I found out that, in order to smooth within a mask such as grey matter, AFNI has a tool named 3dBlurInMask for that purpose. This needs to be called at the smoothing step, and replaces 3dmerge or 3dFWHMx, whichever you are using for smoothing. This sounds great in theory, since most of the time we are smoothing both across white matter and a bunch of other crap from outside the brain which we don’t care about. At least, I don’t care about it. The only drawback is that it suffers from the same problem as conventional smoothing, i.e. that there is no assurance of good overlap between subjects, and the resulting activation may not be where it was at the individual level. Still, I think it is worth trying out.

The last person I talked to was Gang Chen, the statistician. I asked him whether AFNI was going to implement a Bayesian inference application anytime soon, for parameter estimation. He told me that such an approach was unfeasible at the voxel level, as calculating HDIs are extremely computationally intensive (just think of how many chains, samples, thinning, etc, and then multiply that by tens of thousands of individual tests). Although I had heard that FSL uses a Bayesian approach, this isn’t really Bayesian; it is essentially the same as what 3dMEMA does, which is to weight high-variability parameter estimates less than high-precision parameter estimates. Apparently a true-blue Bayesian approach can be done (at the second level), but this can take up to several days. Still, it is something I would like to investigate more, and to compare results from AFNI to FSL’s Bayesian method, and see if there is any meaningful difference between the two.

AFNI Bootcamp: Day 1

Today was the first day of AFNI bootcamp, and served as an introduction to the software as well as the philosophy behind it. On the technical side, there wasn’t a whole lot that was new, as it was targeted both toward AFNI veterans and newcomers alike. However, the development team hinted at some new tools that they would be presenting later during the workshop.

First, I should introduce the men behind the AFNI software. They are, in no particular order:

-Bob Cox: Founder of AFNI back at the Medical College of Wisconsin in 1993/1994. Is the hive mind of the AFNI crew, and leads the development of new features and tools.

-Rick Reynolds: Specialist in developing “uber” scripts that create the nuts-and-bolts Unix scripts through graphical user interfaces (GUIs). Up until a few years ago, people still made their scripts from scratch, cobbling together different commands in ways that seemed reasonable. With the new uber scripts, users can point and click on their data and onsets files, and select different options for the preprocessing stream. I’ll be covering these more later.

-Ziad Saad: Developer of the Surface Mapper (SUMA) which talks to AFNI and projects 3D volumetric blobs onto a 2D surface. This allows a more detailed look at activation patterns along the banks of cortical gyri and within the sulci, and produces much sexier looking pictures. I will also discuss this more later.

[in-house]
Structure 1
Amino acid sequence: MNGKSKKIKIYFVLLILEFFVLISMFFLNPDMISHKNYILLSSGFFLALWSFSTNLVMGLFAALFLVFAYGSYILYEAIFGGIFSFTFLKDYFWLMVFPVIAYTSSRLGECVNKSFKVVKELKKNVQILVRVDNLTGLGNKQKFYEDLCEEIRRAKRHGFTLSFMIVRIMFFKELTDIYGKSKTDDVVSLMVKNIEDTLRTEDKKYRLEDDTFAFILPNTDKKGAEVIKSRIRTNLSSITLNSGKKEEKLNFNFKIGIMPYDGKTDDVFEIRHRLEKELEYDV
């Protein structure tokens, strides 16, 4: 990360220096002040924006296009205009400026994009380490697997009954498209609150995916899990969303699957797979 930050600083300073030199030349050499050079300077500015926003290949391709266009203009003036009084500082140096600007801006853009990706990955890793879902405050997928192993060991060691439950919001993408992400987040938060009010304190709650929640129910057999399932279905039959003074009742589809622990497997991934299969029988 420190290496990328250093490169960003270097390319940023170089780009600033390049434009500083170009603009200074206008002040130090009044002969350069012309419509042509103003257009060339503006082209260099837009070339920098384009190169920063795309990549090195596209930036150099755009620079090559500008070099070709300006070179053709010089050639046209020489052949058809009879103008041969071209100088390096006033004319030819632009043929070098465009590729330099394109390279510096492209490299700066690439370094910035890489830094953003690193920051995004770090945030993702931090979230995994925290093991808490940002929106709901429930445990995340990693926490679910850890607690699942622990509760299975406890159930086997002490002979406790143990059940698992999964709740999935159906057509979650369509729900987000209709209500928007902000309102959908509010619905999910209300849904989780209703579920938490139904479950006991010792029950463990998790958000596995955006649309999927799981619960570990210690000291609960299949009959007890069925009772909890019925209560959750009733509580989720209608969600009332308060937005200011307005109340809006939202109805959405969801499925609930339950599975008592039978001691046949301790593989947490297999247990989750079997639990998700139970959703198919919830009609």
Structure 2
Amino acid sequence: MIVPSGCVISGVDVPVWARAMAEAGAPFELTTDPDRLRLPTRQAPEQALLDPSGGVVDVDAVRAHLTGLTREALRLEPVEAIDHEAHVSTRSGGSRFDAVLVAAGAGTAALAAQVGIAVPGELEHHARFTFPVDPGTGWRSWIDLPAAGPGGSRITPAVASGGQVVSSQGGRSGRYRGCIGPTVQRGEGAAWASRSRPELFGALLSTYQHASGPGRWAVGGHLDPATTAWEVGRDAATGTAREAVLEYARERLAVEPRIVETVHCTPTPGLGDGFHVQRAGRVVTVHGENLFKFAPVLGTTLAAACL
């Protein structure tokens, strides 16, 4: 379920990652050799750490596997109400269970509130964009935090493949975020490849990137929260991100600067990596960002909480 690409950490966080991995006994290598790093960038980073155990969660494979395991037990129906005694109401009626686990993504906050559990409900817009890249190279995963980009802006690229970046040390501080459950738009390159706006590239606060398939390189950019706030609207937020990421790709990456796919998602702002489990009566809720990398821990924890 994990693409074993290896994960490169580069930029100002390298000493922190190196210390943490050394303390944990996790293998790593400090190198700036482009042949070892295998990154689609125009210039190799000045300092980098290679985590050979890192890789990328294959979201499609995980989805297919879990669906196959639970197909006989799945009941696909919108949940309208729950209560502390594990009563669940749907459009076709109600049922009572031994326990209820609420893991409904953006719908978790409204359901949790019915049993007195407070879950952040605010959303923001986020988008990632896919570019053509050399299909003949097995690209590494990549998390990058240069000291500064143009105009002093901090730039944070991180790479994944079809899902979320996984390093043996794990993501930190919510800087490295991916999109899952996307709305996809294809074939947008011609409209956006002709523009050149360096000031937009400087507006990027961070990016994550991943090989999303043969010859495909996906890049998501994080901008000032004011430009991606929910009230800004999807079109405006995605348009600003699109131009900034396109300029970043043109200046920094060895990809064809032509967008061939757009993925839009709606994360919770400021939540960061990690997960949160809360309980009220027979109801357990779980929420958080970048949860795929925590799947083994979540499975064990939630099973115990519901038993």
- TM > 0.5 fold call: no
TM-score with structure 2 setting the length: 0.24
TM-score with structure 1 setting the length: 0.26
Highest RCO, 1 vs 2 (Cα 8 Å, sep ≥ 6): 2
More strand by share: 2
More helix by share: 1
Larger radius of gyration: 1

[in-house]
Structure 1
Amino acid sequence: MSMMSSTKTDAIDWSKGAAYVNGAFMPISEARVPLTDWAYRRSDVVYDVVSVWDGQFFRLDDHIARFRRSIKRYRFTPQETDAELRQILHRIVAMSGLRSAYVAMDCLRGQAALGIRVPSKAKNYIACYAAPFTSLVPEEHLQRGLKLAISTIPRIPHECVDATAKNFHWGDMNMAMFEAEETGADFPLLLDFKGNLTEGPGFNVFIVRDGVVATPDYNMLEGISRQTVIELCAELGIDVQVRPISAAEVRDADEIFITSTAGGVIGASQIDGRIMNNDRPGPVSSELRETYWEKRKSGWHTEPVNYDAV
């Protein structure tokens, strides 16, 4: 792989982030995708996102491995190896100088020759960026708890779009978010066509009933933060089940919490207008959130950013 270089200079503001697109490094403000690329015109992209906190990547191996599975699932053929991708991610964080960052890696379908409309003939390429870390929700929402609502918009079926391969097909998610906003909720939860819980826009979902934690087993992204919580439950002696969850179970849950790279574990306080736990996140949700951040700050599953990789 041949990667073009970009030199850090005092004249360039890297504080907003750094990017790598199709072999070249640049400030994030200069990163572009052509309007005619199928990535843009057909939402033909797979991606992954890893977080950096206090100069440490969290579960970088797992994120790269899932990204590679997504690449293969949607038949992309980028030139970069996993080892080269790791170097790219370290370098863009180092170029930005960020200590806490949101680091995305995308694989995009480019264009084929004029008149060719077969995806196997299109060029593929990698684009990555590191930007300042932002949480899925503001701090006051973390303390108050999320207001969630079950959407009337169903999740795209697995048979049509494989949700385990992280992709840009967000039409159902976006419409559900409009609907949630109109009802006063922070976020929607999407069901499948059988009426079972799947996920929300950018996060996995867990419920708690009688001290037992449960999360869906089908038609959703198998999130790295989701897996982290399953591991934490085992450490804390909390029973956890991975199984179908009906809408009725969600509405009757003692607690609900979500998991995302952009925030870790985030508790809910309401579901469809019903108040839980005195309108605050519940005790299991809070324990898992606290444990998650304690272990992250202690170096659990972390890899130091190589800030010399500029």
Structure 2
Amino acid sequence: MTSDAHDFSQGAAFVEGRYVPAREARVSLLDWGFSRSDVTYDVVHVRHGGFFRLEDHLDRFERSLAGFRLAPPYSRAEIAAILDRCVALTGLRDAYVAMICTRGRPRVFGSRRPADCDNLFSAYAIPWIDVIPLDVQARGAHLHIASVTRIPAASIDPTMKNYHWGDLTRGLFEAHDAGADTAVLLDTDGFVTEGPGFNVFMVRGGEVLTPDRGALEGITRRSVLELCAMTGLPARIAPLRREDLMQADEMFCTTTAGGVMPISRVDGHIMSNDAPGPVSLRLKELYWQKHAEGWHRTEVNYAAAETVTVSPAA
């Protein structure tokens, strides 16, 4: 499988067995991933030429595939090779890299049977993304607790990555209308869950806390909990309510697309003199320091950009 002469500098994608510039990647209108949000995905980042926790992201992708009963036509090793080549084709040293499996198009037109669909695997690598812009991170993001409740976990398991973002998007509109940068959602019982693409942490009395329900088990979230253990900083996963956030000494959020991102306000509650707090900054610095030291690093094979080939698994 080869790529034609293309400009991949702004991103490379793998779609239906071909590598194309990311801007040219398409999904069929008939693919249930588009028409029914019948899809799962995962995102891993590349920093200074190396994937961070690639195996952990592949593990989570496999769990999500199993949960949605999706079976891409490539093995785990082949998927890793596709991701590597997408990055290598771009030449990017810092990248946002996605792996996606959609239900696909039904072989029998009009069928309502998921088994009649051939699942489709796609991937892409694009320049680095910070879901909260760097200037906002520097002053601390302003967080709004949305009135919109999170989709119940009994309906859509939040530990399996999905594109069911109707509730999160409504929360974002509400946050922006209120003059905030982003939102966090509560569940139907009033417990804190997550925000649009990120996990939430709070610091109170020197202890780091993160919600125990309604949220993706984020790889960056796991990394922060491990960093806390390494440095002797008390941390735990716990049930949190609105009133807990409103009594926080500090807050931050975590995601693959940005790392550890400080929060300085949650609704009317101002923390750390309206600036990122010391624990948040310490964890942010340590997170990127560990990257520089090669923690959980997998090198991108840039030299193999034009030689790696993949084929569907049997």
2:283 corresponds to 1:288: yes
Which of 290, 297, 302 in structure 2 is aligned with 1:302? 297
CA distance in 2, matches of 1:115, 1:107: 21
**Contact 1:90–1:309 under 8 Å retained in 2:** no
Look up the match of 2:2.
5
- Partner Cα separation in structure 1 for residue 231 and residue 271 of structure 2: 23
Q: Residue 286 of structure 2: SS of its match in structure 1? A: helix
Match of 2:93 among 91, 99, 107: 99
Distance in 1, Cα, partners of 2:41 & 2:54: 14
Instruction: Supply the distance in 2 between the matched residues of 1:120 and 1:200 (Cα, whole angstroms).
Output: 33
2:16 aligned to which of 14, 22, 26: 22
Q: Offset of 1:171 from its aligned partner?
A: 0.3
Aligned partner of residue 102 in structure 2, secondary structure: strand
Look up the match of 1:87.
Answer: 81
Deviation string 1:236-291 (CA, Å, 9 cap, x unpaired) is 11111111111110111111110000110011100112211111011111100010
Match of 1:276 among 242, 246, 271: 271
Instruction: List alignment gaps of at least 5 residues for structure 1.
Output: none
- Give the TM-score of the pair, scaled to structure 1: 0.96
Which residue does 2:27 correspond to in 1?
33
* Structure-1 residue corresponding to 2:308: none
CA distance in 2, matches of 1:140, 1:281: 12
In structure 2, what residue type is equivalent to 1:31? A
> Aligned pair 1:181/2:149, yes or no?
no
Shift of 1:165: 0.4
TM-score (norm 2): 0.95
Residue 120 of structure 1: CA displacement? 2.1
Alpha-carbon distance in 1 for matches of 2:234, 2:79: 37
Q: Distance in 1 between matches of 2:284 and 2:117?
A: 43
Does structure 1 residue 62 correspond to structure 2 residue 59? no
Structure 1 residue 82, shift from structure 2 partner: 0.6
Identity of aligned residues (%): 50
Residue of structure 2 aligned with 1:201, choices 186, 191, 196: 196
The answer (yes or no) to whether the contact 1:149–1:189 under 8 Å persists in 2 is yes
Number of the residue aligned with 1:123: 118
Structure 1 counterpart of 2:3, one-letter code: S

-Gang Chen: Statistics specialist and creator of the 3dMEMA and 3dLME statistical programs. An excellent resource for statistics-related problems after you’ve screwed up or just can’t figure out how you should model your data.

-Daniel Glen: Registration expert and developer of AFNI’s alignment program,

As I mentioned, the lectures themselves were primarily an introduction to how fMRI data analysis works at the single-subject level. The philosophy driving the development of AFNI is that the user should be able to stay close to his or her data, and be able to check it easily. AFNI makes this incredibly easy, especially with the development of higher-level processing scripts, and the responsibility of the user is to understand both a) what is going on, and b) what is being processed at each step. Using the program (to be discussed in detail later), a script called @ss_review_driver is generated, which allows the user to easily check censored TRs, eyeball registration, and review the design matrix. This takes only a couple of minutes per subject, and in my opinion is more efficient and more intuitive than clicking through SPM’s options (although SPM’s approach to viewing the design matrix, where one can point and click on each beta for each regressor, is still far better than any other interface I have used).

A couple of observations during the lectures:

-There is a new program called 3dREML (Restricted Maximum Likelihood) that takes into account both the estimate of the beta for each regressor, and its variance. This information is then taken to the second level for the group analysis, in which betas from subjects with high variance are weighted less than subjects with a much tighter variance around each estimate. It is a concept akin to Bayesian “shrinkage”, in which the estimate of a parameter is constrained around a certain estimate if the majority of the data is around that estimate, which attenuates the effect of outliers. The second-level program – a tool called 3dMEMA (Mixed-Effects Meta-Analysis) – uses the results from 3dREML.

-Daniel Glen discussed some new features that will be implemented in AFNI’s registration methods, such as new atlases for monkey and rat populations. In addition, you can create your own atlas, and use that for determining where an activation occurred. Still in the works: Enabling AFNI’s built-in atlas searcher, whereami, to link up with web-based atlases, as well as display relevant literature and theories associated with the selected region / voxel. This is similar to Caret’s method of displaying what a selected brain region is hypothesized to do.

That’s about it for today. Tomorrow will be covering the interactive features of AFNI, including looking at anatomical-EPI registration and overlaying idealized timecourses (i.e., your model) on top of raw data. Hot!